Tag Archives: heartbreak

Take Me Over

I decide to open up to a fellow holistic therapist about how I’m feeling. I tell her that nothing necessarily bad is happening to cause this feeling but that I sense its heaviness.

I’m choosing to carry it around and I’m not letting it go. I admit that I’m afraid, which makes me want to close down and not care in order to protect myself.

My friend instructs me to close my eyes and really get into the feeling of being scared. She tells me to allow it to grow and expand and fill my body.

I feel an energy in my chest and my stomach. It feels like fear then anger and then I relax. I open my eyes and relay this to her.

She asks if there’s any bad feeling left. I tell her there is. Sadness and grief. So I’m told to repeat the process of feeling and allowing the sadness.

I see the little girl inside of me. I feel what she’s feeling. But there’s a resistance within me. I don’t particularly want to go there now. Been there, done that.

Despite my current resistance, this year I’ve been loving myself more. When I feel bad, I remember not to reject myself. Because of this major personal breakthrough, I know that I’ll be okay.

My friend tells me that I’m repeating an old pattern. There really is nothing to be afraid of. I need to face my fear so that I can see that it’s just an illusion.

I already feel much better. This makes so much sense. I usually resist these bad feelings, fearing that they will control my life and affect how I behave, react and relate to others.

My friend reminds me that this is where my resistance lies. I don’t want these feelings. I’m trying to avoid certain behaviours. And I’m fearing the worst possible outcome.

“Stop resisting,” my friend insists.

“Allow the feeling to take you over. That will create a shift. A letting go. Which will open you up in wonderful ways.

Open your heart. Allow yourself to be hurt. And the funny thing is, you won’t be hurt. Because the real you can never be destroyed.”

She predicts that letting go of resistance and allowing the feelings to take me over will change everything. I won’t have to worry about what might happen, how I may react or the many ways I could self-destruct.

She also warns that just because I’ve now stopped pushing against the swing of resistance doesn’t mean that it will immediately cease moving.

“Once you stop pushing the swing, it will continue to move back and forth for a while. But it will be less forceful and it will gradually swing less and less,” she smiles.

I leave my friend’s house with an unfamiliar feeling in my chest. Is it pain? Discomfort?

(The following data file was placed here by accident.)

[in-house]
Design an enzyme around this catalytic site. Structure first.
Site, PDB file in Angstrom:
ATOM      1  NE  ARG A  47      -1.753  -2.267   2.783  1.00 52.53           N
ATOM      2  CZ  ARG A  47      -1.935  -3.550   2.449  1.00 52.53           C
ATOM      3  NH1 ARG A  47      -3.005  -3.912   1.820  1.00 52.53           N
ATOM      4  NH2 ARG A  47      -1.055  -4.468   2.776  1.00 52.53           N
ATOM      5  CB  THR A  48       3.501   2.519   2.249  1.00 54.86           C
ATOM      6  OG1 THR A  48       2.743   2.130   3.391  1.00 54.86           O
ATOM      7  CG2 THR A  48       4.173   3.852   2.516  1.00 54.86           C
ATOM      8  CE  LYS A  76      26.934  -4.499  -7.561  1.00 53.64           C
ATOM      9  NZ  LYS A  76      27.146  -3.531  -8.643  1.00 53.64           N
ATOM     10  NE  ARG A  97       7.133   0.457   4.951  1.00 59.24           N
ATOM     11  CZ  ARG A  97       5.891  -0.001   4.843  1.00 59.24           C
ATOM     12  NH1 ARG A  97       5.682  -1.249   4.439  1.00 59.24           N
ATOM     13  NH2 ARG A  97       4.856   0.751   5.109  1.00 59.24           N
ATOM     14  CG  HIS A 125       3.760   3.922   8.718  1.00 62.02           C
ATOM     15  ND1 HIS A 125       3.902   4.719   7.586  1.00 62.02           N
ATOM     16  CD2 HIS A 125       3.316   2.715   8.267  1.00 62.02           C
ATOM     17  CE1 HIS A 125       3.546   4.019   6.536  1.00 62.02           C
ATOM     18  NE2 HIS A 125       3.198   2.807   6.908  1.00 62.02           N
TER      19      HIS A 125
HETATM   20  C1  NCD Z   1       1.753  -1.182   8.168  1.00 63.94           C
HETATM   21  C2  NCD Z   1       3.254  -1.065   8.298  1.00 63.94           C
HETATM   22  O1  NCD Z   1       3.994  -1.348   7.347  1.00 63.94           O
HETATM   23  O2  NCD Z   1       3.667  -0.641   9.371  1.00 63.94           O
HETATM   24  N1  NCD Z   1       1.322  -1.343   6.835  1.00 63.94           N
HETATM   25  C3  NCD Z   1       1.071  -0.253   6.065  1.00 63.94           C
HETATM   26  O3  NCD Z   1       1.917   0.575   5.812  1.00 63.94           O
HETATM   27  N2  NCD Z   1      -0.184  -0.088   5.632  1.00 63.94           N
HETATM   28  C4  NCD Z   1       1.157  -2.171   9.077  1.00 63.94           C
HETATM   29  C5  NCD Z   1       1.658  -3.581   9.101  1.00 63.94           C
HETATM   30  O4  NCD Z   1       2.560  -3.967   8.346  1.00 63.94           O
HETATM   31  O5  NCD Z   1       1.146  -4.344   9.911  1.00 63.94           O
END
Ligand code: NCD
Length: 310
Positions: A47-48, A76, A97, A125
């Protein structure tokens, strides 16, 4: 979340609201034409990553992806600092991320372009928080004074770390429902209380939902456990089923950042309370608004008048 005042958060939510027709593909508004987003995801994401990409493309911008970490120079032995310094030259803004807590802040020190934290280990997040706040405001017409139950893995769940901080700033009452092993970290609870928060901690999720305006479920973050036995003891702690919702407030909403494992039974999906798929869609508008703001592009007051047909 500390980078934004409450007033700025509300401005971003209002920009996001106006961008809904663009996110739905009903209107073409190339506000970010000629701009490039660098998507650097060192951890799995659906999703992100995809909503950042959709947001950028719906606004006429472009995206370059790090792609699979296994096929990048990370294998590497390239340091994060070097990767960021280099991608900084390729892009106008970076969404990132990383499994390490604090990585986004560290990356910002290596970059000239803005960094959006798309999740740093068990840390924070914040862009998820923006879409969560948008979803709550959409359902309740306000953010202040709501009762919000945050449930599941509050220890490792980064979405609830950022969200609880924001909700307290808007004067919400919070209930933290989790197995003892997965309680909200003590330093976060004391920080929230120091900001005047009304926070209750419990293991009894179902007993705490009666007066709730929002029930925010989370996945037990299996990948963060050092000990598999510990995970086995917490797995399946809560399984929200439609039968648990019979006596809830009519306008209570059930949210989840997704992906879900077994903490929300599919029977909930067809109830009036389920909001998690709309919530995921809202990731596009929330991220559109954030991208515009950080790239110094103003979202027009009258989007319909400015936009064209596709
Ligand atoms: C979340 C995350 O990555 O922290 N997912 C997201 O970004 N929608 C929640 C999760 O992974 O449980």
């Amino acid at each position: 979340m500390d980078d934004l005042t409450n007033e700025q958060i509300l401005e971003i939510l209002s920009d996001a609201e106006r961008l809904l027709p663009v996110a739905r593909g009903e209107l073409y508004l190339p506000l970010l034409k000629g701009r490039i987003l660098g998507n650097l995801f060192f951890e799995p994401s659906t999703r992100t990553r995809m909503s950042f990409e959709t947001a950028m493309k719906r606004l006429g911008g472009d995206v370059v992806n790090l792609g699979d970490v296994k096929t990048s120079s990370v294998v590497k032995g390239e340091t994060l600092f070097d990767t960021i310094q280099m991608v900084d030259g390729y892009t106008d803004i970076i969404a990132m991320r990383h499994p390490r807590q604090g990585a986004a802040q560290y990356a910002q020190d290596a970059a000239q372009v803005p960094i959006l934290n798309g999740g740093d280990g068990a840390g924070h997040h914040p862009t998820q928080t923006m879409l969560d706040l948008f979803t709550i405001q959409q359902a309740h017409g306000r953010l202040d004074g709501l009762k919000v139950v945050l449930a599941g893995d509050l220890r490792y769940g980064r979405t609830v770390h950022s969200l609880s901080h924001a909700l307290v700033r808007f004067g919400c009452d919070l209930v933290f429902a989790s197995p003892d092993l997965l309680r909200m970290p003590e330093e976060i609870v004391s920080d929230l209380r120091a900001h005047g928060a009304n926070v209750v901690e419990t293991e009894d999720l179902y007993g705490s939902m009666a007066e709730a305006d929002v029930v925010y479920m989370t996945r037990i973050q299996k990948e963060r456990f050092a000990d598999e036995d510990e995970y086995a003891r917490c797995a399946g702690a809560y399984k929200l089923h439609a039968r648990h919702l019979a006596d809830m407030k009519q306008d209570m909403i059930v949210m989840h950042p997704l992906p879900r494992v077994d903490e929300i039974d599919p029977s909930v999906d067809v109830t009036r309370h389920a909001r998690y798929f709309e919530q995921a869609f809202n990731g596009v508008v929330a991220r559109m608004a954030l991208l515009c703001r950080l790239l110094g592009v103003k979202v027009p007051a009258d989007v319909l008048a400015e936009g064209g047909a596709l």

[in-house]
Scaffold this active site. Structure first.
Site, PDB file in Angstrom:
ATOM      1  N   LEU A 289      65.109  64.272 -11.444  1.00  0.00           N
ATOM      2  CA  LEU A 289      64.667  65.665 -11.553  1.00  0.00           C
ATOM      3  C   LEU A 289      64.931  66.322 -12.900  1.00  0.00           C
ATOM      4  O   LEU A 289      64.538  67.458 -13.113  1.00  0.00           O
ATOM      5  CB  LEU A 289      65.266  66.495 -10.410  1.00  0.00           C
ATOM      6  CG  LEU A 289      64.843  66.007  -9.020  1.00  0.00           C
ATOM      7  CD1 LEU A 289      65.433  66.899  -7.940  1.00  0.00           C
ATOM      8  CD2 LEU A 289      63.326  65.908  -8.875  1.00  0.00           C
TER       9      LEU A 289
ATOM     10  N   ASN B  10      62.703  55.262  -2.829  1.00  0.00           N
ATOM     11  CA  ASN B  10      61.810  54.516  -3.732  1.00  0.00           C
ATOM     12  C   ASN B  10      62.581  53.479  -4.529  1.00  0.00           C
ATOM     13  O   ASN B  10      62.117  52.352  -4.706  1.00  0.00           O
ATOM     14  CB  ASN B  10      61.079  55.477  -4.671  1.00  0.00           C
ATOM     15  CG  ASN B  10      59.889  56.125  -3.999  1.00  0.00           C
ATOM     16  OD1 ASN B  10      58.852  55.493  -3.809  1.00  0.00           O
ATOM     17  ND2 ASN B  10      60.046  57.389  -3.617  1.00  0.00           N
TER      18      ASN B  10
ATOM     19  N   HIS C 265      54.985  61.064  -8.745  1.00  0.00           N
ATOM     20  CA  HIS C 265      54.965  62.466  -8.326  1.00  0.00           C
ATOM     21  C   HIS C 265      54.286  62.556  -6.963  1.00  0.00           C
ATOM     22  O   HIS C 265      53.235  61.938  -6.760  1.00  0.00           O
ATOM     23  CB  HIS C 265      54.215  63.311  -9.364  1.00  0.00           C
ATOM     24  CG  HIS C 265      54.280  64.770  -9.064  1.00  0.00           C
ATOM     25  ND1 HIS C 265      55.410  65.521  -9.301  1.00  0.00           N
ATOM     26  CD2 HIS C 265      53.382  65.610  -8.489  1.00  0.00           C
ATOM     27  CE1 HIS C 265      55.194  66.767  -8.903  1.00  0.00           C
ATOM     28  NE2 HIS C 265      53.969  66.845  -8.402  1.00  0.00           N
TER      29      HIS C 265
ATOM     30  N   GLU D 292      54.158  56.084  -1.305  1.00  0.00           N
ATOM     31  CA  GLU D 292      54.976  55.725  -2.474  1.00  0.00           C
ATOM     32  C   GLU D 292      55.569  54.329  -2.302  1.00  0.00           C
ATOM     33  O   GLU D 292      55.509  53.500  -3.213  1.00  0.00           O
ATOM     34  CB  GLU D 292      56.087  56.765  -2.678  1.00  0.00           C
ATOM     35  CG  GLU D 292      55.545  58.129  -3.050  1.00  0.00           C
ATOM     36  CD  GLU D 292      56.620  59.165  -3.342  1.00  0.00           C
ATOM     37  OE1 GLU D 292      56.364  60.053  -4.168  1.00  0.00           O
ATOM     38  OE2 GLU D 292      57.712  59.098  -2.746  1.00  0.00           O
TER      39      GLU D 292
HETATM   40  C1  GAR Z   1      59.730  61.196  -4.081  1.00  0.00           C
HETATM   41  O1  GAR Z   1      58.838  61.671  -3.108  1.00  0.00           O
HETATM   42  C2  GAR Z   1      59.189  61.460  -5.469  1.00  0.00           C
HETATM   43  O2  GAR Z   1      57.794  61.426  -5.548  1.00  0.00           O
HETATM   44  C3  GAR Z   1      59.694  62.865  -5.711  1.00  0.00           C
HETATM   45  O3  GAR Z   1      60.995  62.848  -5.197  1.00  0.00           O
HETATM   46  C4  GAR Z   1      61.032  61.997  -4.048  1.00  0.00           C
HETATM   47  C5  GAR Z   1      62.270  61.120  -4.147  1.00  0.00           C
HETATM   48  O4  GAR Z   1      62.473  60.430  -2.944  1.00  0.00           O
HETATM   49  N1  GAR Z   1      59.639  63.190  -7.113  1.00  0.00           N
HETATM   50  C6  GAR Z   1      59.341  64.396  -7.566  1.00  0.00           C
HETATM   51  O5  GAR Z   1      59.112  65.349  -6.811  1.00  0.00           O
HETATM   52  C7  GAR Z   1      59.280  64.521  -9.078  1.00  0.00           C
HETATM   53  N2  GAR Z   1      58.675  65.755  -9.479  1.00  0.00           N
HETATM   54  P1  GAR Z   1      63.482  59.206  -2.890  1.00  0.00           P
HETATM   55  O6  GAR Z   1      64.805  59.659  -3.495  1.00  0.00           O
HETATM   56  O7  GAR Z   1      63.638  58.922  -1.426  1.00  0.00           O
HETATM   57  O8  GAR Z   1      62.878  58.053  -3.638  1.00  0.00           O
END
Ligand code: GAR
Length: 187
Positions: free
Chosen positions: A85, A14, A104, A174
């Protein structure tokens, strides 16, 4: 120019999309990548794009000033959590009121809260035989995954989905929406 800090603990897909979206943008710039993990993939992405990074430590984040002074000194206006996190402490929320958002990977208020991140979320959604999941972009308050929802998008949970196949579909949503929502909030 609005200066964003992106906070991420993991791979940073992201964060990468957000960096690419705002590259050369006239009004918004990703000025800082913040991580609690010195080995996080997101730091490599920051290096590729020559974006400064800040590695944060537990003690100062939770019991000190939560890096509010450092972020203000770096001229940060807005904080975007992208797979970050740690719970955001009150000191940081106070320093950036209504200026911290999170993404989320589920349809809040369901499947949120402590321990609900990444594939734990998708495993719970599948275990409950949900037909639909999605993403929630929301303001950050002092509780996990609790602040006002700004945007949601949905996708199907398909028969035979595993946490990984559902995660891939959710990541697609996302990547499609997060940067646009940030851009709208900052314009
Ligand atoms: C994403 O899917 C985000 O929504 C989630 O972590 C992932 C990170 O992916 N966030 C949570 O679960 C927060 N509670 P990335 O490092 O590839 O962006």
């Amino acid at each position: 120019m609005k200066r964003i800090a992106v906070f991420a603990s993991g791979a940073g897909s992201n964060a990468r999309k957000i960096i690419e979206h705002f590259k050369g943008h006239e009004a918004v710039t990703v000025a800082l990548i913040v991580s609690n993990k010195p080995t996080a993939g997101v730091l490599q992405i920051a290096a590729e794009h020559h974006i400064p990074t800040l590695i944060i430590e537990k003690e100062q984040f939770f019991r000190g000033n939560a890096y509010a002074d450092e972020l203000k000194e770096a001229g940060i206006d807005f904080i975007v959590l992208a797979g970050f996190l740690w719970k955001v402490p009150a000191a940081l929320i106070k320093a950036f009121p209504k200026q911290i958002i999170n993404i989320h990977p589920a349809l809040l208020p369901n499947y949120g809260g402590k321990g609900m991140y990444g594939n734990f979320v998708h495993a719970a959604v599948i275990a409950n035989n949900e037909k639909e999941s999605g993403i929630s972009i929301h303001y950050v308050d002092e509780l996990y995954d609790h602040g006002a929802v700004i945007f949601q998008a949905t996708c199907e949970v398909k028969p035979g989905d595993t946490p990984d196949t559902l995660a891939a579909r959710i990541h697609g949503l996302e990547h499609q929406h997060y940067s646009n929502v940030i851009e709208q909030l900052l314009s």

I allow the feeling to grow and expand until I realise what it is. My heart is open. And that’s okay.

withanopenheart.org

withanopenheart.org

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First Dates

A couple of friends recommended watching First Dates, a television series that films real first dates in a London restaurant. I’ve since watched the entire first season and it’s totally addictive.

As I binge on this hilarious reality TV show, I laugh a lot. But I also shed a few tears.

I can see the beauty in every single singleton. The daters differ in appearance, creed, age, personality and life experiences. But they’re so similar too.

They’re all self-conscious. They all have fears and insecurities. They’ve all lived through hardship, be it heartbreak, illness, loss or rejection.

And they’re all holding on to hope. Hope that they’ll finally find connection, affection, partnership and love. They all want to share their lives with that special someone.

One man, who’s been single since his diagnosis with HIV five years ago, admits: “I just want to be loved.”

This heartwarming show highlights how quick we are to judge our potential partners. I don’t like his receding hairline. I prefer women with smaller bums.

Interestingly, we’re also quick to judge ourselves. I’ll lie about my job because I don’t want to put him off. She’ll never agree to a date because of my height. I’m punching above my weight with her. I’m not as skinny as the other girls.

I believe that when we stop judging ourselves, we cease judging everybody else. When we love and accept ourselves, we become free to love and accept others.

I also believe that we get what we give. So when we give love, we receive it.

I have a friend who loves her dogs more than anything. Recently, I spent an evening at her home. One of her dogs burrowed his way into my arms. Later, he lay on my friend’s lap, his body splayed open, as my friend hugged and kissed him.

It struck me that this dog is full of love. He’s open and trusting and loving. And it’s such a good feeling to have him in your arms.

And my dog-loving friend is perfectly at ease with herself. She’s open and happy and loving. And when I’m around her, I am too.

It’s so easy to give love to a person who’s open to receiving it. And when someone gives love with unconditional abundance, being a recipient of that love feels effortless and unselfconscious.

It’s when the fear takes hold and the thinking starts and the barriers come up, that we block the love. We’re afraid to give love in case it’s thrown back in our faces.

But my advice now is to give love. Give love to yourself. To your friends and family. To your pets and your plants. To everyone you encounter.

Be yourself. Be open. Be present.

Laugh. Flirt. Have fun.